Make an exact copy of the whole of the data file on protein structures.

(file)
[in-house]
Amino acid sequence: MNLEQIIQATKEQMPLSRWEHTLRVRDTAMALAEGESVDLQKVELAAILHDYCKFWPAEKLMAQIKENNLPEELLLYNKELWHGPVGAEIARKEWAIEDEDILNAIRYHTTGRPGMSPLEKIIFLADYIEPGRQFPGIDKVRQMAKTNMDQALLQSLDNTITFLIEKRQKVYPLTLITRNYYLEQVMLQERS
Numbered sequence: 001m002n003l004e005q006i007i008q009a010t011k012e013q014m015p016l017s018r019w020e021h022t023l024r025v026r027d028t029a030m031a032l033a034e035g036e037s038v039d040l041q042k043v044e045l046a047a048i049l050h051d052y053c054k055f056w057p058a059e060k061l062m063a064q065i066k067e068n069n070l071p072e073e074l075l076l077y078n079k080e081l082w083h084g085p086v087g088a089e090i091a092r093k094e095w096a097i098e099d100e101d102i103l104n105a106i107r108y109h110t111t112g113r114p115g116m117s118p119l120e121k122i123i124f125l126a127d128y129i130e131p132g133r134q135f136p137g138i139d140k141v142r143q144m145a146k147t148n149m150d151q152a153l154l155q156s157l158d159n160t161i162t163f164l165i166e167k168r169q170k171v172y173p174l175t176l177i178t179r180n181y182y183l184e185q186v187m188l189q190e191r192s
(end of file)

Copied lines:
[in-house]
Amino acid sequence: MNLEQIIQATKEQMPLSRWEHTLRVRDTAMALAEGESVDLQKVELAAILHDYCKFWPAEKLMAQIKENNLPEELLLYNKELWHGPVGAEIARKEWAIEDEDILNAIRYHTTGRPGMSPLEKIIFLADYIEPGRQFPGIDKVRQMAKTNMDQALLQSLDNTITFLIEKRQKVYPLTLITRNYYLEQVMLQERS
Numbered sequence: 001m002n003l004e005q006i007i008q009a010t011k012e013q014m015p016l017s018r019w020e021h022t023l024r025v026r027d028t029a030m031a032l033a034e035g036e037s038v039d040l041q042k043v044e045l046a047a048i049l050h051d052y053c054k055f056w057p058a059e060k061l062m063a064q065i066k067e068n069n070l071p072e073e074l075l076l077y078n079k080e081l082w083h084g085p086v087g088a089e090i091a092r093k094e095w096a097i098e099d100e101d102i103l104n105a106i107r108y109h110t111t112g113r114p115g116m117s118p119l120e121k122i123i124f125l126a127d128y129i130e131p132g133r134q135f136p137g138i139d140k141v142r143q144m145a146k147t148n149m150d151q152a153l154l155q156s157l158d159n160t161i162t163f164l165i166e167k168r169q170k171v172y173p174l175t176l177i178t179r180n181y182y183l184e185q186v187m188l189q190e191r192s